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Philadelphia’s Magic Gardens

An Eastern University student begins freewriting for her art analysis essay at Philadelphia’s Magic Gardens.

Writer and composition instructor, Rebecca Gidjunis visits the Magic Gardens with her students. Rebecca shares her stories about writing: As a kid, I was an avid reader.  I would get my hands on whatever books I could -- Shel Silverstein’s poetry, a stack of my dad’s Hardy Boys books, or instant classics like Roll of Thunder, Hear my Cry. I found a mysterious beauty in books -- the kind of beauty you can smell when you walk into a quiet library or a giant art museum.  

But as a budding writer, I was overwhelmed by the power of art.  How would I ever be able to create something so riveting, so moving?

When students enter my writing classes, they often have a similar experience of being overwhelmed by the prospect of writing something good. So I take advantage of the world that is right on our doorstep at Eastern University, and we head to Philadelphia’s Magic Gardens, an incredible installation of tiled mosaics by community artist Isaiah Zagar. Sometimes, Isaiah comes out to chat with us about his work. “Making art is like choosing what you want to wear on a date,” he says.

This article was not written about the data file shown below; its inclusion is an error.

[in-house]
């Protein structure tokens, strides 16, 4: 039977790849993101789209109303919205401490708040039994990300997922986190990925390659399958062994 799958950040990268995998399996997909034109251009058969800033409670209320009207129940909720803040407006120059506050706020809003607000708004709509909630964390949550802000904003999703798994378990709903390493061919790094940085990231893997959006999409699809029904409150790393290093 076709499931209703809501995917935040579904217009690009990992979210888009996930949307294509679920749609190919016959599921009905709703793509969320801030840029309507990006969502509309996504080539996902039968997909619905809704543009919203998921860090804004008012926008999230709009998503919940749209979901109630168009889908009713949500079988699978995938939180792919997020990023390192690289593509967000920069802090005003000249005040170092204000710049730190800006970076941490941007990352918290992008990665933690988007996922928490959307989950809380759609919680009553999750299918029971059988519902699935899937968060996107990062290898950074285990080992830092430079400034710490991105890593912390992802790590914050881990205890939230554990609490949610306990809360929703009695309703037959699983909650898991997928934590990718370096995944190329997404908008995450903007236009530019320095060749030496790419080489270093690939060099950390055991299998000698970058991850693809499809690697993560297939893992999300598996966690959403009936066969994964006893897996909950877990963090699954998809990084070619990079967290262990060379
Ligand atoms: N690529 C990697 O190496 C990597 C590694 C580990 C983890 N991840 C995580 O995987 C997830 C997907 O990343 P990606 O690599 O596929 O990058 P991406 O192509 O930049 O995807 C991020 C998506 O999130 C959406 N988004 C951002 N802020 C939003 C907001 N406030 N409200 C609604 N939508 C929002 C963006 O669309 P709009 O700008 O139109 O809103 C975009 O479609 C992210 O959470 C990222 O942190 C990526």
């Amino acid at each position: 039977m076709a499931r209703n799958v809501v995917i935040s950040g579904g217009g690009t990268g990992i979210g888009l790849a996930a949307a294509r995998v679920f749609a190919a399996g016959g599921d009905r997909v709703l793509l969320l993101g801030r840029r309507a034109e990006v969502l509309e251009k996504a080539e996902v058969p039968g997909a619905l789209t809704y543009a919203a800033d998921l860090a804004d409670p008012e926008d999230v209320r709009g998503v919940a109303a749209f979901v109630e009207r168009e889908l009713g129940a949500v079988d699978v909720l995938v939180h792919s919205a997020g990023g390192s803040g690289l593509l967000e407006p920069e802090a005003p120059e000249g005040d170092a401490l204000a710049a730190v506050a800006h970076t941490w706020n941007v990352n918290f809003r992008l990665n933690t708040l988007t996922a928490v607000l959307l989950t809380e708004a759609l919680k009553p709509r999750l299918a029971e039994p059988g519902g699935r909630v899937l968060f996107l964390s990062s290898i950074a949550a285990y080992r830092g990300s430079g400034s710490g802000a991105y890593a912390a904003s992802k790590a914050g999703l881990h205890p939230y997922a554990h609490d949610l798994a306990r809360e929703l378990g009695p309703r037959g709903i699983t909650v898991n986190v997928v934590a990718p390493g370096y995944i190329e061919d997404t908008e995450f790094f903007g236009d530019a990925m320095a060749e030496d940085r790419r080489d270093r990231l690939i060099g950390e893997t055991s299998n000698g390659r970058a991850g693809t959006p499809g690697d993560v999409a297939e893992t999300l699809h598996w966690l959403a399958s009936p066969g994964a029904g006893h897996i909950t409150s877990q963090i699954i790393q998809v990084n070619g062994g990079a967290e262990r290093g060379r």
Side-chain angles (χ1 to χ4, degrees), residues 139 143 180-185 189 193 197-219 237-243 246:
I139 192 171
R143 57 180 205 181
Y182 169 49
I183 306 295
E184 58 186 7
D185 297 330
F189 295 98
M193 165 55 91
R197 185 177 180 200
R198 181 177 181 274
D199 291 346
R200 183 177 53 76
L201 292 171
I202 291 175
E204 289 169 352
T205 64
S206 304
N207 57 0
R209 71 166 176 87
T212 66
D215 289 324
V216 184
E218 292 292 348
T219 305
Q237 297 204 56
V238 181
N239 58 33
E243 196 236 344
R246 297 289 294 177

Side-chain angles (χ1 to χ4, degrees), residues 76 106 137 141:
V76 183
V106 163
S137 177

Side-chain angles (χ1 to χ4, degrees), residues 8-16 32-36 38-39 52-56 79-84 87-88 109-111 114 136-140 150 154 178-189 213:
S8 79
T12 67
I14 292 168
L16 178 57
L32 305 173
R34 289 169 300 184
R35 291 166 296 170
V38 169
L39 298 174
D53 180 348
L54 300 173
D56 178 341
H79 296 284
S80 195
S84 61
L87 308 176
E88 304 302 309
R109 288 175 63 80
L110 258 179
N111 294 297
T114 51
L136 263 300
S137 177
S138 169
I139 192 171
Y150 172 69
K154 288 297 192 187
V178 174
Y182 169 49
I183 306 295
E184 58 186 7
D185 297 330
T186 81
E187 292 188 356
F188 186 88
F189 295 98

And he’s right: we have so much invested in the experience of creation that it’s easy to get overwhelmed. As my students and I sit in the midst of these glittering shards of mirrors and china with our journals in hand, we realize that there is really only one way to begin, and that is to simply begin.

Trips like these to the Magic Gardens help demystify the writing process. The help us realize that inspiration is literally “breath,” the holy spirit’s infusing of the world around us into our art, our work.

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